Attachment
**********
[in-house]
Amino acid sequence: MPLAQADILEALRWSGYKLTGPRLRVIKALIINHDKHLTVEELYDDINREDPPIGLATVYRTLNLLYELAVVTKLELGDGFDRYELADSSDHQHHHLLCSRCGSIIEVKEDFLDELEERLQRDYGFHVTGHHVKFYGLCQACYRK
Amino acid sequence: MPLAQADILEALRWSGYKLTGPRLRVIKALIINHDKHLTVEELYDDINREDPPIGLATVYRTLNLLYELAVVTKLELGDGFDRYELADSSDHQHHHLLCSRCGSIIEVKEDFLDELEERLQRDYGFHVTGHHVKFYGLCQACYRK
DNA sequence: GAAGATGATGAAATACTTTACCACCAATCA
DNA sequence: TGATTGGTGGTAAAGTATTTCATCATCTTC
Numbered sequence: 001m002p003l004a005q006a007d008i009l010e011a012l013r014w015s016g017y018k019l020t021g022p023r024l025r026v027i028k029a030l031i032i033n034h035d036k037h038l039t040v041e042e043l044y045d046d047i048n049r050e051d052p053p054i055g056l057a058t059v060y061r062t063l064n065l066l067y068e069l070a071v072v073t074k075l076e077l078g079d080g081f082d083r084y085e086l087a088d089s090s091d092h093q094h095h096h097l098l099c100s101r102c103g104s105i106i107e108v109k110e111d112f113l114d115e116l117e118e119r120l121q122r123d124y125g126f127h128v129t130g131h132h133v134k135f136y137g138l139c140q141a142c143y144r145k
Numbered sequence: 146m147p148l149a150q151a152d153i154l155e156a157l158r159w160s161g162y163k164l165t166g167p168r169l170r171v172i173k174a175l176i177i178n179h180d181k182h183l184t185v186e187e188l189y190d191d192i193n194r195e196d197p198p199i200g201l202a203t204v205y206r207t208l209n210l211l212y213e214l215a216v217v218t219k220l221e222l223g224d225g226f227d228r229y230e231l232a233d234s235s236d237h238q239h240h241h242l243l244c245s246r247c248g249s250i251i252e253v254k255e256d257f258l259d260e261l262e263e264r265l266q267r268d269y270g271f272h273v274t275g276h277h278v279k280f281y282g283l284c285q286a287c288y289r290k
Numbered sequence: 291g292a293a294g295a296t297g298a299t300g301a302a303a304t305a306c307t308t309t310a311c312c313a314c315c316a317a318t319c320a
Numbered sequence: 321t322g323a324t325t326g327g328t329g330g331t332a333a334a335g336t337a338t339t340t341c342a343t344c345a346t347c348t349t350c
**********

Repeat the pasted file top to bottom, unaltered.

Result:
[in-house]
Amino acid sequence: MPLAQADILEALRWSGYKLTGPRLRVIKALIINHDKHLTVEELYDDINREDPPIGLATVYRTLNLLYELAVVTKLELGDGFDRYELADSSDHQHHHLLCSRCGSIIEVKEDFLDELEERLQRDYGFHVTGHHVKFYGLCQACYRK
Amino acid sequence: MPLAQADILEALRWSGYKLTGPRLRVIKALIINHDKHLTVEELYDDINREDPPIGLATVYRTLNLLYELAVVTKLELGDGFDRYELADSSDHQHHHLLCSRCGSIIEVKEDFLDELEERLQRDYGFHVTGHHVKFYGLCQACYRK
DNA sequence: GAAGATGATGAAATACTTTACCACCAATCA
DNA sequence: TGATTGGTGGTAAAGTATTTCATCATCTTC
Numbered sequence: 001m002p003l004a005q006a007d008i009l010e011a012l013r014w015s016g017y018k019l020t021g022p023r024l025r026v027i028k029a030l031i032i033n034h035d036k037h038l039t040v041e042e043l044y045d046d047i048n049r050e051d052p053p054i055g056l057a058t059v060y061r062t063l064n065l066l067y068e069l070a071v072v073t074k075l076e077l078g079d080g081f082d083r084y085e086l087a088d089s090s091d092h093q094h095h096h097l098l099c100s101r102c103g104s105i106i107e108v109k110e111d112f113l114d115e116l117e118e119r120l121q122r123d124y125g126f127h128v129t130g131h132h133v134k135f136y137g138l139c140q141a142c143y144r145k
Numbered sequence: 146m147p148l149a150q151a152d153i154l155e156a157l158r159w160s161g162y163k164l165t166g167p168r169l170r171v172i173k174a175l176i177i178n179h180d181k182h183l184t185v186e187e188l189y190d191d192i193n194r195e196d197p198p199i200g201l202a203t204v205y206r207t208l209n210l211l212y213e214l215a216v217v218t219k220l221e222l223g224d225g226f227d228r229y230e231l232a233d234s235s236d237h238q239h240h241h242l243l244c245s246r247c248g249s250i251i252e253v254k255e256d257f258l259d260e261l262e263e264r265l266q267r268d269y270g271f272h273v274t275g276h277h278v279k280f281y282g283l284c285q286a287c288y289r290k
Numbered sequence: 291g292a293a294g295a296t297g298a299t300g301a302a303a304t305a306c307t308t309t310a311c312c313a314c315c316a317a318t319c320a
Numbered sequence: 321t322g323a324t325t326g327g328t329g330g331t332a333a334a335g336t337a338t339t340t341c342a343t344c345a346t347c348t349t350c